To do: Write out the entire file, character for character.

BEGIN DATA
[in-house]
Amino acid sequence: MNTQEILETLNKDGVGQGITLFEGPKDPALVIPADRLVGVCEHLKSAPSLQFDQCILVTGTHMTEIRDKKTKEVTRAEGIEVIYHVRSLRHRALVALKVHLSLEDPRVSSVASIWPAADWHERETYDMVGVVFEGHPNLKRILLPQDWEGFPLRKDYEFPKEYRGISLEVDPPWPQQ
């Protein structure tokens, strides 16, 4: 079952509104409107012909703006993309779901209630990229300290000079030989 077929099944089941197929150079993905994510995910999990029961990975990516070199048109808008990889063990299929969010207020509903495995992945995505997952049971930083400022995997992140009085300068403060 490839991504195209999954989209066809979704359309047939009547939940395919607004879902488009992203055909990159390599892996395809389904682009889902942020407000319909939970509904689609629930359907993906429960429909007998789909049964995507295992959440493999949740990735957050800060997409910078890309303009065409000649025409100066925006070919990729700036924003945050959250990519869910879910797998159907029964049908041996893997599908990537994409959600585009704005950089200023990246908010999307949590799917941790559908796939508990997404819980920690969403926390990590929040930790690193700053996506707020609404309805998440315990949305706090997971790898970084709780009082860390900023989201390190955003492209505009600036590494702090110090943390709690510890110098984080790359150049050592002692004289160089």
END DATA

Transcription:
[in-house]
Amino acid sequence: MNTQEILETLNKDGVGQGITLFEGPKDPALVIPADRLVGVCEHLKSAPSLQFDQCILVTGTHMTEIRDKKTKEVTRAEGIEVIYHVRSLRHRALVALKVHLSLEDPRVSSVASIWPAADWHERETYDMVGVVFEGHPNLKRILLPQDWEGFPLRKDYEFPKEYRGISLEVDPPWPQQ
């Protein structure tokens, strides 16, 4: 079952509104409107012909703006993309779901209630990229300290000079030989 077929099944089941197929150079993905994510995910999990029961990975990516070199048109808008990889063990299929969010207020509903495995992945995505997952049971930083400022995997992140009085300068403060 490839991504195209999954989209066809979704359309047939009547939940395919607004879902488009992203055909990159390599892996395809389904682009889902942020407000319909939970509904689609629930359907993906429960429909007998789909049964995507295992959440493999949740990735957050800060997409910078890309303009065409000649025409100066925006070919990729700036924003945050959250990519869910879910797998159907029964049908041996893997599908990537994409959600585009704005950089200023990246908010999307949590799917941790559908796939508990997404819980920690969403926390990590929040930790690193700053996506707020609404309805998440315990949305706090997971790898970084709780009082860390900023989201390190955003492209505009600036590494702090110090943390709690510890110098984080790359150049050592002692004289160089």